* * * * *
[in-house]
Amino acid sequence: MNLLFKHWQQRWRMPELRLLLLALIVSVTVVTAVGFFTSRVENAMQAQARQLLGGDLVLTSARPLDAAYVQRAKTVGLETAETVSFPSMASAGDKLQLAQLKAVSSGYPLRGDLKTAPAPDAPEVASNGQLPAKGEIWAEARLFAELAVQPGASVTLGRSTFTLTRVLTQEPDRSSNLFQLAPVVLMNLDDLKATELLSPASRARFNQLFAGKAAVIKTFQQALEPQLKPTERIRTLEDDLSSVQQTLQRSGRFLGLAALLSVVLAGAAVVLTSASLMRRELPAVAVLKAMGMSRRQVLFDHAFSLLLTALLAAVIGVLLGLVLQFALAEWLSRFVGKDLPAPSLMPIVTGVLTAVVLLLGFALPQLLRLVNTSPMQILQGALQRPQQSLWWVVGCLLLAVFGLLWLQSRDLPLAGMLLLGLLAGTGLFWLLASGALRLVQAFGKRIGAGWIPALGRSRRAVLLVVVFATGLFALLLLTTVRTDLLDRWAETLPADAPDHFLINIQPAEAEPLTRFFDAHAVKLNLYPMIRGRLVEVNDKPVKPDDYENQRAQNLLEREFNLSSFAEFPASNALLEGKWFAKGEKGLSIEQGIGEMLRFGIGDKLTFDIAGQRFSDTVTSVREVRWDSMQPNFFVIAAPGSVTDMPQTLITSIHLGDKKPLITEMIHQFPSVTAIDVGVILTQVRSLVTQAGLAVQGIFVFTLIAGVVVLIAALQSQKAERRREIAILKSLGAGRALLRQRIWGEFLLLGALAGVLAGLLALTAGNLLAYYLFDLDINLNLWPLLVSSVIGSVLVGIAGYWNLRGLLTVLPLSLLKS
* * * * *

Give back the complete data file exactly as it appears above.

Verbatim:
[in-house]
Amino acid sequence: MNLLFKHWQQRWRMPELRLLLLALIVSVTVVTAVGFFTSRVENAMQAQARQLLGGDLVLTSARPLDAAYVQRAKTVGLETAETVSFPSMASAGDKLQLAQLKAVSSGYPLRGDLKTAPAPDAPEVASNGQLPAKGEIWAEARLFAELAVQPGASVTLGRSTFTLTRVLTQEPDRSSNLFQLAPVVLMNLDDLKATELLSPASRARFNQLFAGKAAVIKTFQQALEPQLKPTERIRTLEDDLSSVQQTLQRSGRFLGLAALLSVVLAGAAVVLTSASLMRRELPAVAVLKAMGMSRRQVLFDHAFSLLLTALLAAVIGVLLGLVLQFALAEWLSRFVGKDLPAPSLMPIVTGVLTAVVLLLGFALPQLLRLVNTSPMQILQGALQRPQQSLWWVVGCLLLAVFGLLWLQSRDLPLAGMLLLGLLAGTGLFWLLASGALRLVQAFGKRIGAGWIPALGRSRRAVLLVVVFATGLFALLLLTTVRTDLLDRWAETLPADAPDHFLINIQPAEAEPLTRFFDAHAVKLNLYPMIRGRLVEVNDKPVKPDDYENQRAQNLLEREFNLSSFAEFPASNALLEGKWFAKGEKGLSIEQGIGEMLRFGIGDKLTFDIAGQRFSDTVTSVREVRWDSMQPNFFVIAAPGSVTDMPQTLITSIHLGDKKPLITEMIHQFPSVTAIDVGVILTQVRSLVTQAGLAVQGIFVFTLIAGVVVLIAALQSQKAERRREIAILKSLGAGRALLRQRIWGEFLLLGALAGVLAGLLALTAGNLLAYYLFDLDINLNLWPLLVSSVIGSVLVGIAGYWNLRGLLTVLPLSLLKS